Acquisition, Isolation, and Preparation of Neutrophils
Blood (20 ml) was collected from the jugular vein of a conscious dog on the day of the study and anticoagulated with 4.5 ml citric acid, 1.6%, and sodium citrate, 2.5% (pH 5.4), in 10 ml dextran solution, 6%, in buffered Hanks’ balanced salt solution (HBSS). Polymorphonuclear neutrophils were separated as described previously. 14The tubes for blood collection were maintained at room temperature while erythrocytes sedimented (approximately 40 min). The leukocyte-rich plasma layer was carefully aspirated and centrifuged at 500 g at 4°C for 10 min. Contaminating erythrocytes in the pellet were removed by hypotonic lysis for 20 s with 9 ml sterile distilled water. Subsequent addition of 3 ml KCl, 0.6 m, and 15 ml buffered HBSS rapidly returned the cells to isotonicity. The leukocyte-rich suspension was centrifuged at 500 g at 4°C for 10 min, after which time the cells were resuspended in 2 ml HBSS, layered on the top of 3 ml Ficoll-Pacque, and centrifuged again at 800 g at 4°C for 20 min. The resulting pellet was rinsed with HBSS. The neutrophils were resuspended in HBSS in preparation for pretreatment before experimental use. This procedure for neutrophil isolation yields neutrophil suspensions that are 98% pure and more than 95% viable, as evaluated by trypan blue exclusion. 14Moreover, the neutrophils are not activated by the procedure, as confirmed by the lack of shape changes (epifluorescent microscopy) and by their inability, in the absence of pharmacologic stimulation, to adhere to the coronary endothelium or inhibit endothelium-dependent vasorelaxation of isolated coronary rings. 14
Initial studies involved pretreatment of the neutrophils with 1.0 MAC isoflurane or sevoflurane, followed by complete removal of the anesthetic and resuspension of the neutrophils. To evaluate potential concentration dependency, additional studies were performed with 0.25 MAC isoflurane. The anesthetics were injected directly into tightly sealed glass tubes (10 ml) containing 6 ml of the neutrophil suspension. The tubes were shaken gently for 15 min at 37°C in a water bath. The neutrophils were washed three times by suspension in fresh HBBS and centrifugation (total elapsed time, 30 min). Complete removal of the volatile anesthetic was confirmed by analysis of an aliquot of the final washing using gas chromatography. Untreated neutrophils were subjected to the same basic protocol, except that incubation was performed in the absence of a volatile anesthetic. Following the pretreatment protocol, neutrophil viability was confirmed (trypan blue technique), and the neutrophils were resuspended in HBSS to achieve a concentration of 1.5 × 107neutrophils/ml (stock solution).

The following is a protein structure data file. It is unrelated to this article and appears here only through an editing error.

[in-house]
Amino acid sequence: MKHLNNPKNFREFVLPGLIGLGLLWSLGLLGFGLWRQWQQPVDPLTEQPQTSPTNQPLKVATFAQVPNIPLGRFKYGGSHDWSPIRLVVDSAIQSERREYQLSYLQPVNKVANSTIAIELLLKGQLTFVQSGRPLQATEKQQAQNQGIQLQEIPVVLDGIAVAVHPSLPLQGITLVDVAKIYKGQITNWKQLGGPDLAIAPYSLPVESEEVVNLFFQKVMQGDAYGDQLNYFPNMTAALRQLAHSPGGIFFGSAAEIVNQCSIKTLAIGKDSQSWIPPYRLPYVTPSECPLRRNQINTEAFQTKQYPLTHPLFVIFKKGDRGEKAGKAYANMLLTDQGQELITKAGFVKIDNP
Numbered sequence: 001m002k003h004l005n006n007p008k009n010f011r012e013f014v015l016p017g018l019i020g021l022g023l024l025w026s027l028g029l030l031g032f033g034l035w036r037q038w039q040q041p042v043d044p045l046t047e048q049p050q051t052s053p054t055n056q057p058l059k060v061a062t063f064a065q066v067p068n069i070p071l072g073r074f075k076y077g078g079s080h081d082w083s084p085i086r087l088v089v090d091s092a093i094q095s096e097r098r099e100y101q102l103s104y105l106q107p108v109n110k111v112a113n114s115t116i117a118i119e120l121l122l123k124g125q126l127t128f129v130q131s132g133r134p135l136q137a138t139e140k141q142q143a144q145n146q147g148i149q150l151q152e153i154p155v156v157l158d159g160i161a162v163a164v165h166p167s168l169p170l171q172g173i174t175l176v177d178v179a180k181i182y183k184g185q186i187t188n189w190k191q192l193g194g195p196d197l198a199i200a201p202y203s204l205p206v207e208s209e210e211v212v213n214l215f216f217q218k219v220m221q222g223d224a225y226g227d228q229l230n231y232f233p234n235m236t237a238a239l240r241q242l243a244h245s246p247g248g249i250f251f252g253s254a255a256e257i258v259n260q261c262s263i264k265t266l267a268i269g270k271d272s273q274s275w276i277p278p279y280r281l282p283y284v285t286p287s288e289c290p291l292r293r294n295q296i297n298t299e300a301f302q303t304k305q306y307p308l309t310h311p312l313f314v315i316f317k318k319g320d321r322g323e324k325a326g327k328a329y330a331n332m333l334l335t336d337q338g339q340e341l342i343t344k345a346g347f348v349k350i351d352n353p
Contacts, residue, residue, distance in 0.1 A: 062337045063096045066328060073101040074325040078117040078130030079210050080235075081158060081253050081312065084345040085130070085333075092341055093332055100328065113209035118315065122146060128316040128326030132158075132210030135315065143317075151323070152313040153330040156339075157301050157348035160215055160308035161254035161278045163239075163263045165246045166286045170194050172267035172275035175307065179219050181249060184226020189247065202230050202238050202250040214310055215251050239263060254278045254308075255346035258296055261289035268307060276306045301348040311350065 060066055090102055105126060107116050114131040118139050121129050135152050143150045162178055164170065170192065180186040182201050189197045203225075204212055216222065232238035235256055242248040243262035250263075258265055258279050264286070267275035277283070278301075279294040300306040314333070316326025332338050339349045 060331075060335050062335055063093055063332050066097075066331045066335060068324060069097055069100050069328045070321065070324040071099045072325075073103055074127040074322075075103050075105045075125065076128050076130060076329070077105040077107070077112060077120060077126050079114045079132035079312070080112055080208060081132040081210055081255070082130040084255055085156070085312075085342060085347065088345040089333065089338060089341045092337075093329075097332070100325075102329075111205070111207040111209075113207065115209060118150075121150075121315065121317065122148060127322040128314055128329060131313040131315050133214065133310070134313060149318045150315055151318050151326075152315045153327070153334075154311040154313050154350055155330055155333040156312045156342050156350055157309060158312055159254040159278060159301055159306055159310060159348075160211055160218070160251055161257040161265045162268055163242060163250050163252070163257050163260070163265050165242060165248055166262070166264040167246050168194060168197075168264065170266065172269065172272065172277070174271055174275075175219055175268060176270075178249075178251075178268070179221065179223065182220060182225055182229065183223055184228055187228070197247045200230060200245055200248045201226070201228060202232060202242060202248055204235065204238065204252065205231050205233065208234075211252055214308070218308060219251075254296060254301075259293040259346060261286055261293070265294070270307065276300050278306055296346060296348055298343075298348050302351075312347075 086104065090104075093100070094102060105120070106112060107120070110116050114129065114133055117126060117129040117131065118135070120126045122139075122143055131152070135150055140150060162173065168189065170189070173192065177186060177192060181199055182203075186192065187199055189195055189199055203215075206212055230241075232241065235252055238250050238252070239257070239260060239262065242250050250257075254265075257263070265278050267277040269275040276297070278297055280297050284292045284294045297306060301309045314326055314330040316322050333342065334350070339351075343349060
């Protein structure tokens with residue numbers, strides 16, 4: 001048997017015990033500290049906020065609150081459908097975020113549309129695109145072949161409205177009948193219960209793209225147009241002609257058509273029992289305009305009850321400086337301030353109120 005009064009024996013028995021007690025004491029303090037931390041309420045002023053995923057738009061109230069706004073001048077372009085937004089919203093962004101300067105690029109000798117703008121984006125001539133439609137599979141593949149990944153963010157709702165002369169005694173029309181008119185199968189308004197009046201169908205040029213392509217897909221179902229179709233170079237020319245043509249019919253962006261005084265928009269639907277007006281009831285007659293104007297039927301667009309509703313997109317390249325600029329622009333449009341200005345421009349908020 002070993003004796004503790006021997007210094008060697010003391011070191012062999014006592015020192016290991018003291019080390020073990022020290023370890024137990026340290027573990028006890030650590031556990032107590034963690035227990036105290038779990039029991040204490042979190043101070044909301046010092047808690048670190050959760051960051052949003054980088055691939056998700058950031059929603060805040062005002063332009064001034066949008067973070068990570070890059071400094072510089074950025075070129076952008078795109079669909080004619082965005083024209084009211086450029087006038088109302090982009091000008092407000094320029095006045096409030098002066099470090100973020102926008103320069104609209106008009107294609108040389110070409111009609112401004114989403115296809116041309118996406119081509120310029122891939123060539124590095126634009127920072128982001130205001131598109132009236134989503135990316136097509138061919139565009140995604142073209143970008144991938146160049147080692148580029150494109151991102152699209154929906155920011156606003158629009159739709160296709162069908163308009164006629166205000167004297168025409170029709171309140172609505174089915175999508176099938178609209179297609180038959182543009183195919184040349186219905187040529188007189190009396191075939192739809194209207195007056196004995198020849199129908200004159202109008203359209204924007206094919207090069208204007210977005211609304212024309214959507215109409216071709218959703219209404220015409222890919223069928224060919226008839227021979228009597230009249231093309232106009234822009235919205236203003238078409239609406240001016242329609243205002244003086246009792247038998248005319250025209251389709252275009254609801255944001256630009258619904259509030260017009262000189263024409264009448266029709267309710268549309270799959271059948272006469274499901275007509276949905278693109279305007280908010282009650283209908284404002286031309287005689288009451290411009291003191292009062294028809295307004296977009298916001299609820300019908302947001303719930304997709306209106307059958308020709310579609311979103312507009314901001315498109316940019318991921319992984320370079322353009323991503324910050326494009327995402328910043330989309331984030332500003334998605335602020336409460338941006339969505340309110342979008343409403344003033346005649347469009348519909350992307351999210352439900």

After stabilization of the heart preparation for approximately 30 min, baseline values for variables of cardiac performance were obtained. Then, neutrophils, either untreated (n = 9) or pretreated with 0.25 or 1.0 MAC isoflurane (n = 6, n = 10, respectively), or 1.0 MAC sevoflurane (n = 10) was evaluated. The neutrophils (1.5 × 107cells/ml) were initially coincubated with PAF (50 nm) at 37°C for 10 min. Then the PAF–neutrophil suspension was infused at a rate of 2% of coronary flow for 10 min via a side arm using a syringe pump, which resulted in a concentration of 3 × 105neutrophils/ml, in accordance with previous studies, 15and a final PAF concentration of 1 nm. Measurements of cardiac variables (and neutrophil adherence) were obtained during the neutrophil infusion and for 30 min following the infusion. Prior to infusion of the PAF–neutrophil suspension, an aliquot of the neutrophil suspension was obtained for measurement of superoxide using a spectrophotometric method (see below).